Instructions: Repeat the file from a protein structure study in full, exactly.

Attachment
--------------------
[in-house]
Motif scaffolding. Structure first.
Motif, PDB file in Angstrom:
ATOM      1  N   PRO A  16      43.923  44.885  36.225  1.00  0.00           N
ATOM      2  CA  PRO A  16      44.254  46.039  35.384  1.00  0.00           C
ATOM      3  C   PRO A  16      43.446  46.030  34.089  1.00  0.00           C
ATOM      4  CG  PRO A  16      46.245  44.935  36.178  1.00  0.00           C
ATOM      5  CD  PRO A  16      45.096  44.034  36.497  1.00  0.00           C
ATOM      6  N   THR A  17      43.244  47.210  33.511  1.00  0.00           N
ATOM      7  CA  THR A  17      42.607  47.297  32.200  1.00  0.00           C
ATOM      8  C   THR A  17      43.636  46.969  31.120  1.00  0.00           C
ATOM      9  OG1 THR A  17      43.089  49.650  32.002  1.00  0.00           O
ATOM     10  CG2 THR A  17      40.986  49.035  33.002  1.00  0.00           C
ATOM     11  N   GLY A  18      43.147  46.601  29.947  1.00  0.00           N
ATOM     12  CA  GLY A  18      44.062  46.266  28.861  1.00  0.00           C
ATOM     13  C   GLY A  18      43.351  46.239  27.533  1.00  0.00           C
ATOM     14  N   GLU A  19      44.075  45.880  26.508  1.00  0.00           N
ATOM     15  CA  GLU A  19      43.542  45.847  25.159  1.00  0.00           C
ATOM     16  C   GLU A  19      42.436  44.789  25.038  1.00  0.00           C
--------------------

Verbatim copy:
[in-house]
Motif scaffolding. Structure first.
Motif, PDB file in Angstrom:
ATOM      1  N   PRO A  16      43.923  44.885  36.225  1.00  0.00           N
ATOM      2  CA  PRO A  16      44.254  46.039  35.384  1.00  0.00           C
ATOM      3  C   PRO A  16      43.446  46.030  34.089  1.00  0.00           C
ATOM      4  CG  PRO A  16      46.245  44.935  36.178  1.00  0.00           C
ATOM      5  CD  PRO A  16      45.096  44.034  36.497  1.00  0.00           C
ATOM      6  N   THR A  17      43.244  47.210  33.511  1.00  0.00           N
ATOM      7  CA  THR A  17      42.607  47.297  32.200  1.00  0.00           C
ATOM      8  C   THR A  17      43.636  46.969  31.120  1.00  0.00           C
ATOM      9  OG1 THR A  17      43.089  49.650  32.002  1.00  0.00           O
ATOM     10  CG2 THR A  17      40.986  49.035  33.002  1.00  0.00           C
ATOM     11  N   GLY A  18      43.147  46.601  29.947  1.00  0.00           N
ATOM     12  CA  GLY A  18      44.062  46.266  28.861  1.00  0.00           C
ATOM     13  C   GLY A  18      43.351  46.239  27.533  1.00  0.00           C
ATOM     14  N   GLU A  19      44.075  45.880  26.508  1.00  0.00           N
ATOM     15  CA  GLU A  19      43.542  45.847  25.159  1.00  0.00           C
ATOM     16  C   GLU A  19      42.436  44.789  25.038  1.00  0.00           C